Then came the main courses, of which, for me, butterfly shrimp was the centerpiece. As I remember it from my childhood, it consisted of large shrimps split lengthwise ("butterflied"), and the split side was coated with egg and bacon; it was served with a light sweet and sour sauce (not the really sticky kind) and onions. The version at Golden Gate was served more like an omelet: a mess of shrimp in a pancake of egg and bacon. It was so good! After all, what's not to like about shrimp and egg and bacon? Everybody at the table agreed it was wonderful. What a relief. You go around for years with a Jones for a dish based on a distant memory and odds are as good as not you're going to be disappointed. I wasn't disappointed.
I was hoping to order wor shew opp, pressed duck which is breaded and fried then braised with shredded vegetables, but it wasn't on the menu. Instead we had hong shu duck, which is almost the same thing. In fact, you could have given me the dish, told me it was wor shew opp, and I'd have been perfectly satisfied. It was heavy but good.
I don't think I saw moo goo gai pan, which in the old days was an "exotic" dish compared to chow mein and chop suey, on the menu. They do have shrimp with lobster sauce and egg foo yung, but I said no thanks to both. When I was a kid I didn't understand why they called it lobster sauce, because it had no lobster in it. Then I learned that it was the same sauce that was used for lobster Cantonese.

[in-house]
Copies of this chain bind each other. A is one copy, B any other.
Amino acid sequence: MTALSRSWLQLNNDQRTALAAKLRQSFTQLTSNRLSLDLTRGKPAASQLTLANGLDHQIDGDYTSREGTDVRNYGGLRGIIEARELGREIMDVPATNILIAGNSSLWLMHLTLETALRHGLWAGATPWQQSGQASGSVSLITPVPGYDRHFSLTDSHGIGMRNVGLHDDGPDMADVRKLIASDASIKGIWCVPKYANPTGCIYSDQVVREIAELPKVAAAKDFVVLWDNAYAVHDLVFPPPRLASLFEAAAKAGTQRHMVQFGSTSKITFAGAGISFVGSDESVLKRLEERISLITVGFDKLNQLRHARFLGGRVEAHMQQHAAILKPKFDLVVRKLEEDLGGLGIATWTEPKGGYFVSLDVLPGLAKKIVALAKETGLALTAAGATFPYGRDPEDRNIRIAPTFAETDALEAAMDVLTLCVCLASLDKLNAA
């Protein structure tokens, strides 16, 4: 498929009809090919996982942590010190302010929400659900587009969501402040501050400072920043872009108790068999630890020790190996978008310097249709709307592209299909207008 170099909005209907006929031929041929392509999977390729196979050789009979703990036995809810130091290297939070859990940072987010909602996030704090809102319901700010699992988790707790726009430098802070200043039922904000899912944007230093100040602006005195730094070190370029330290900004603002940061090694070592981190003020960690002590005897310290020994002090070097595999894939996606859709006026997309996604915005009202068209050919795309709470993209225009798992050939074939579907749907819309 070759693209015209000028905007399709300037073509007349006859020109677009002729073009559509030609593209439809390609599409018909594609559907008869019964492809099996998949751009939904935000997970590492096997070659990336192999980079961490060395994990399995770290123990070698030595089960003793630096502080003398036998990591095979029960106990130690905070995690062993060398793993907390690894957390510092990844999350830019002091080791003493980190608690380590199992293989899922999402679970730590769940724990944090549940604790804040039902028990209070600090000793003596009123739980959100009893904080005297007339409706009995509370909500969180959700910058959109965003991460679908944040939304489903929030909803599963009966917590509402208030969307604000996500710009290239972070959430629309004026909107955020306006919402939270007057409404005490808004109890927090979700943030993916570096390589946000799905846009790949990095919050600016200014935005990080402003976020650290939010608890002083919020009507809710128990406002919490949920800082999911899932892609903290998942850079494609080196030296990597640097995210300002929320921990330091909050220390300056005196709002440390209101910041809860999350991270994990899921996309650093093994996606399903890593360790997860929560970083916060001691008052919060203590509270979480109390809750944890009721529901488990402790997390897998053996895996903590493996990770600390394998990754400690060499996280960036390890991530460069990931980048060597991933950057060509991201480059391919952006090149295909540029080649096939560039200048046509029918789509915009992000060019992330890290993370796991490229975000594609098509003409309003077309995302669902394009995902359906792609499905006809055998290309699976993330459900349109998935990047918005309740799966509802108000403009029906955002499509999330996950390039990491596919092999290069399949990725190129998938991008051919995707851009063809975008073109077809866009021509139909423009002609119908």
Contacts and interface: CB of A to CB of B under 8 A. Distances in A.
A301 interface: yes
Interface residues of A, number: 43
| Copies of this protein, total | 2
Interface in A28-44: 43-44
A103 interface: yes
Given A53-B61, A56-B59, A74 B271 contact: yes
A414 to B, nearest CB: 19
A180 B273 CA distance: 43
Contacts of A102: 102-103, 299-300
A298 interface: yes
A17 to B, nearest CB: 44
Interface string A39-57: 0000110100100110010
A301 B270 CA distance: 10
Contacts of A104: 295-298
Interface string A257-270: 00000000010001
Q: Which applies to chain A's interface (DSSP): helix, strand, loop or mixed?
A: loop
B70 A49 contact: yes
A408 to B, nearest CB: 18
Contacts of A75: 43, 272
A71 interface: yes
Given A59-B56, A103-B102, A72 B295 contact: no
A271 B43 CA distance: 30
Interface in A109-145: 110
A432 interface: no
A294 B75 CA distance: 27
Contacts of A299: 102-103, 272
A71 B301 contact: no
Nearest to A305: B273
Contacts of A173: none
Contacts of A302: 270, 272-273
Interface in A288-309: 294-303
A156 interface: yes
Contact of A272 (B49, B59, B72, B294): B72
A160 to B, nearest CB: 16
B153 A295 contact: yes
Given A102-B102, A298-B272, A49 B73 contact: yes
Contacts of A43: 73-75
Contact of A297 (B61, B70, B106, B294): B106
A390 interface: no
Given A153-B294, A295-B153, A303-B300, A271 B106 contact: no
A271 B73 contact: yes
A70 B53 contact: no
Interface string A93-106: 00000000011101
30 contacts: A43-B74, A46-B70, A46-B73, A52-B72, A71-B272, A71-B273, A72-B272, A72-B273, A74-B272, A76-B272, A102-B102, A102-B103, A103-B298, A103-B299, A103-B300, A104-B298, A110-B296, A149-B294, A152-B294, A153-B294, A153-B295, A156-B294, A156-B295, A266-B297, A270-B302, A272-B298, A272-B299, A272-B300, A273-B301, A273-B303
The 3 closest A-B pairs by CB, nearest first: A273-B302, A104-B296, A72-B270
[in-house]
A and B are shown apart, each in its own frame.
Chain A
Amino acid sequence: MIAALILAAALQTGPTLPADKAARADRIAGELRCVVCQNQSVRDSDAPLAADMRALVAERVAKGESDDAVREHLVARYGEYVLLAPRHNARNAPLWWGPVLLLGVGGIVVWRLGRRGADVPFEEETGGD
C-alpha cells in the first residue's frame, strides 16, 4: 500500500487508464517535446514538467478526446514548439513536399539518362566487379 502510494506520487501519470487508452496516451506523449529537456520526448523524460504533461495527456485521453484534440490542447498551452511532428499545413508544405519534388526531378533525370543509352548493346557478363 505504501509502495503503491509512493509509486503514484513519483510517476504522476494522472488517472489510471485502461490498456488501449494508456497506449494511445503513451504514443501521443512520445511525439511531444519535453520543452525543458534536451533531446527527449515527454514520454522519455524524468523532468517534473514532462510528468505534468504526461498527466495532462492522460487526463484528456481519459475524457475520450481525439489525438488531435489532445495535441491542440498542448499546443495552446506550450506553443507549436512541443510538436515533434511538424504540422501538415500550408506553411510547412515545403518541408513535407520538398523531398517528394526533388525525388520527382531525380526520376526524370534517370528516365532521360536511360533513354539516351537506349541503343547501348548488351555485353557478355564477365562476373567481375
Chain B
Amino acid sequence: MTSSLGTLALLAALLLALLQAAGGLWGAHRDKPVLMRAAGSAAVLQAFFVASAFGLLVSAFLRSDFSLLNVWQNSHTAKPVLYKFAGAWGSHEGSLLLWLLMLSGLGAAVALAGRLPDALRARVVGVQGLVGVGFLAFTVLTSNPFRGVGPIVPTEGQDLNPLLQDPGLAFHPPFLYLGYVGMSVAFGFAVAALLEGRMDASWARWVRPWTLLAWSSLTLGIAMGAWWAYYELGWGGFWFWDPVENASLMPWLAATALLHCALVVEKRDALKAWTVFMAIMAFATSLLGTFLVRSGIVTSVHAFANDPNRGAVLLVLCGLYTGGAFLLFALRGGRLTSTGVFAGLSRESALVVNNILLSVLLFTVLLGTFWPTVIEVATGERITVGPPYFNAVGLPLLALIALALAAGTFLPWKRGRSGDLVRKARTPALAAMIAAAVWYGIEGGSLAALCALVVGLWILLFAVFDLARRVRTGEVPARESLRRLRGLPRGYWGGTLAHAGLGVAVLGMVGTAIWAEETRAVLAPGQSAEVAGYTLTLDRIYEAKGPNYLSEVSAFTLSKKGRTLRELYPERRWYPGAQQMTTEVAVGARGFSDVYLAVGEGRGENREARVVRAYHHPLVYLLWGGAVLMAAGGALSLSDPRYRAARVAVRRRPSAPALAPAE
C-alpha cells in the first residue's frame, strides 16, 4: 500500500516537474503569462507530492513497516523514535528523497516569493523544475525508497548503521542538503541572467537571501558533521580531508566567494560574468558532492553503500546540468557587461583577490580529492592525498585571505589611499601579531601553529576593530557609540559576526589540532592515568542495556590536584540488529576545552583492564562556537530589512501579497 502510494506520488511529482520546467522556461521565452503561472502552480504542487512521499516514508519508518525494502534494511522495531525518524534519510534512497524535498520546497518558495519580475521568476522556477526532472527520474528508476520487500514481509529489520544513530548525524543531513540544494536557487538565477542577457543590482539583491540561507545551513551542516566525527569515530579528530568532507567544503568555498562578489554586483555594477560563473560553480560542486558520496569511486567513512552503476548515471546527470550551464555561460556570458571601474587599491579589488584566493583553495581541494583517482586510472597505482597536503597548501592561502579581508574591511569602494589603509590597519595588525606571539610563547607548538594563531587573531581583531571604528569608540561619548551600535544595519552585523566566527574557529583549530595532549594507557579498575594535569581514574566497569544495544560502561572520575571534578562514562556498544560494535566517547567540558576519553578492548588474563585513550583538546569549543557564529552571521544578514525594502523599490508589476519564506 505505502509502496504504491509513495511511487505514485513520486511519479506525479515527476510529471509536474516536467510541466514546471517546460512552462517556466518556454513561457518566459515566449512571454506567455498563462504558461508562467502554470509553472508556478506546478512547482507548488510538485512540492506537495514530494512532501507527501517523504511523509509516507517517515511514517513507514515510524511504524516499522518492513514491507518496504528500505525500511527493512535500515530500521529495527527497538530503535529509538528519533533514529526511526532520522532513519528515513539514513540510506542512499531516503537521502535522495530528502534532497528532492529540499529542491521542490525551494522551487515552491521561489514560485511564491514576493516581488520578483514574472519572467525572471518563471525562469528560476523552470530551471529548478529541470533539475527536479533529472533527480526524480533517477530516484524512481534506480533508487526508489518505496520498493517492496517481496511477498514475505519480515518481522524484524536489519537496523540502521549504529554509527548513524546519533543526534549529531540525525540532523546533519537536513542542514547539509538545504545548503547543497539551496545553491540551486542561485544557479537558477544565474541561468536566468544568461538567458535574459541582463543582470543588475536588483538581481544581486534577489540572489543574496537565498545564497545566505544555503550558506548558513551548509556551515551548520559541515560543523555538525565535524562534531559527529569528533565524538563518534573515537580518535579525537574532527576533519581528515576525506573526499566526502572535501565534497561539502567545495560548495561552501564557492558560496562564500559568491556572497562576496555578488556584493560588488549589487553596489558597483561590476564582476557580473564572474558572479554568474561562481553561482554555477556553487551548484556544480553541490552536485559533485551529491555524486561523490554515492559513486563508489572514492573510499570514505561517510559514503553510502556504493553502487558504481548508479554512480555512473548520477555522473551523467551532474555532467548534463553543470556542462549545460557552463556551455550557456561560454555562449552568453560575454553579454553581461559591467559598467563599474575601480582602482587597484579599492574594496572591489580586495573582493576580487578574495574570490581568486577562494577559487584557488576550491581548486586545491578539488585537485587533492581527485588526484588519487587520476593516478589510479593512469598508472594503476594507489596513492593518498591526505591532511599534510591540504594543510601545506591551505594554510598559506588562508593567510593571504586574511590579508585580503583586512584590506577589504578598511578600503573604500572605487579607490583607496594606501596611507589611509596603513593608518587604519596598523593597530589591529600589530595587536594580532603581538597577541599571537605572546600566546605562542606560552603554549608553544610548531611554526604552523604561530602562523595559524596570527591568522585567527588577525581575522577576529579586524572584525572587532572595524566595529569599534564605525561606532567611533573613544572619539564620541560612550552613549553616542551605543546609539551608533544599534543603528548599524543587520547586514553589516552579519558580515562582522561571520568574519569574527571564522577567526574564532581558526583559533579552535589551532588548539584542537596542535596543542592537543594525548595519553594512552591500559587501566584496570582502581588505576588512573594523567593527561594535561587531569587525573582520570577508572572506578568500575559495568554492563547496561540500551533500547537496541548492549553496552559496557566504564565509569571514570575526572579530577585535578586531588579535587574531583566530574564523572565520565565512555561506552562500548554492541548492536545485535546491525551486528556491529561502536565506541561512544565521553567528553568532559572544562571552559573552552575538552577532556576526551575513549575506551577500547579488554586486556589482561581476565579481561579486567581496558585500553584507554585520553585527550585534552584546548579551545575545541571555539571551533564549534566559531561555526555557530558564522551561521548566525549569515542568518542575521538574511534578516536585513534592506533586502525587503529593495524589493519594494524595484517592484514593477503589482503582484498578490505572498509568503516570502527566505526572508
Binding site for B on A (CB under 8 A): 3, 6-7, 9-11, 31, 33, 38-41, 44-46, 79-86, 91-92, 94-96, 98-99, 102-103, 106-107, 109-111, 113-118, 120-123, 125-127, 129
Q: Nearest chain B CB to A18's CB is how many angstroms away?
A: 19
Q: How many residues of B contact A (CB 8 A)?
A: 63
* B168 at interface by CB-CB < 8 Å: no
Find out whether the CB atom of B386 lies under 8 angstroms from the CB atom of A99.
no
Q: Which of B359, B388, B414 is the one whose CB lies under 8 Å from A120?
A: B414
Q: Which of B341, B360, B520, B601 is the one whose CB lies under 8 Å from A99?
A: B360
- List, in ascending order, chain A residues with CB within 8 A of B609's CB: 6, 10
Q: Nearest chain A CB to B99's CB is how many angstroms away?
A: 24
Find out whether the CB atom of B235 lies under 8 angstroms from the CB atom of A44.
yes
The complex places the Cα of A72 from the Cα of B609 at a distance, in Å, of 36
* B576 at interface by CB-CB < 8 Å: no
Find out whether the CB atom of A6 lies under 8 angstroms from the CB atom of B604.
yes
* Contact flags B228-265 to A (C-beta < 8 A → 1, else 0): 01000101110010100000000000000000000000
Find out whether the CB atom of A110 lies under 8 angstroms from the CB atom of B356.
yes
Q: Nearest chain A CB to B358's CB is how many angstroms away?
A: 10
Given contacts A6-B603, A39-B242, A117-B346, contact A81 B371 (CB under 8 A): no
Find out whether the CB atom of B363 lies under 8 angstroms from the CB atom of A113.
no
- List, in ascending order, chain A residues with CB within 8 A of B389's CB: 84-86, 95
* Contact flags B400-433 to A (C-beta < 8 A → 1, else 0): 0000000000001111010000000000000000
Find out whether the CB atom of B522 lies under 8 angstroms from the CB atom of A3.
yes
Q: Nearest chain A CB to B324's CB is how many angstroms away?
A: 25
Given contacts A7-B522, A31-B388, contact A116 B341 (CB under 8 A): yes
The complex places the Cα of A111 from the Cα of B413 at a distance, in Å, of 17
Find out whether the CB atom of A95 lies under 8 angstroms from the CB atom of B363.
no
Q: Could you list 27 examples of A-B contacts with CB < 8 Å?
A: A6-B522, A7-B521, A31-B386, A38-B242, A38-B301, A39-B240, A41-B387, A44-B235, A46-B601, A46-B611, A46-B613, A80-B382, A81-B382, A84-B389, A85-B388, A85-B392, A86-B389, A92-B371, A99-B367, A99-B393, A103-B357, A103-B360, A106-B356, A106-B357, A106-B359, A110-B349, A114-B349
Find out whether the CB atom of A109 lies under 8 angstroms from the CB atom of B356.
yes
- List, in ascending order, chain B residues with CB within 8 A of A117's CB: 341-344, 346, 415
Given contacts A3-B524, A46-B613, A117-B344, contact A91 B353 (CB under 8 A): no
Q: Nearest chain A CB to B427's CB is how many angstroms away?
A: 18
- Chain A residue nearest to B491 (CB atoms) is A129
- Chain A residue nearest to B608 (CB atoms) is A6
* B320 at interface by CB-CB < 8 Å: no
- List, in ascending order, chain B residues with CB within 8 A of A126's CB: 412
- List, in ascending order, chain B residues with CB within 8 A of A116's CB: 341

I broke with the nostalgia theme and ordered two things I never ate as a child. One of them is a dish that is apparently a Golden Gate specialty, lobster with burnt pork, which every review of the restaurant seems to have mentioned, and which is definitely worth mentioning again. It's a bit of a misnomer, as the minced pork is not burnt at all.
As Eric Asimov wrote in The Times:
Finally, the lobster with burnt pork ($22) arrived, looking and smelling as impressive as I had hoped. The lobster was cut into pieces, with mounds of ground pork heaped around, giving off an unmistakable burned waft. Yet the pork didn't taste burned at all. In fact, it was highly flavored, seared quickly in a wok to seal in the juiciness of the meat and well seasoned with a touch of sweetness. And the lobster was superb, moist and tender -- fried quickly and then, what, braised with the pork?
I asked the waiter, but the most he would reveal was that it was an old Cantonese recipe, which, he said, was available nowhere else.
I felt that we needed a green vegetable (a feeling I never had as a child), and I ordered the baby bok choy with Napa cabbage. This was the least satisfying item of the meal. The vegetables were limp and served in a sauce that was superfluous. Lightly sauteed with a little bit of garlic is the way to go with baby bok choy.
I had gone to Golden Gate on a nostalgia trip and really wasn't expecting much. But I was pleasantly surprised. The food was much better than I had expected. Back in the '70s I wouldn't have given this food the time of day. It was the old, inauthentic Chinese food that was being relegated to the dustbin of history by Szechuan and Hunan cuisine (or Americanized approximations thereof). Now that this food is nearly extinct, and now that the miserable childhood that accompanied this food has become little more than fodder for amusing anecdotes, I can enjoy it again. Sure it isn't "authentic" Chinese food, but now it can be celebrated as heritage American foodways!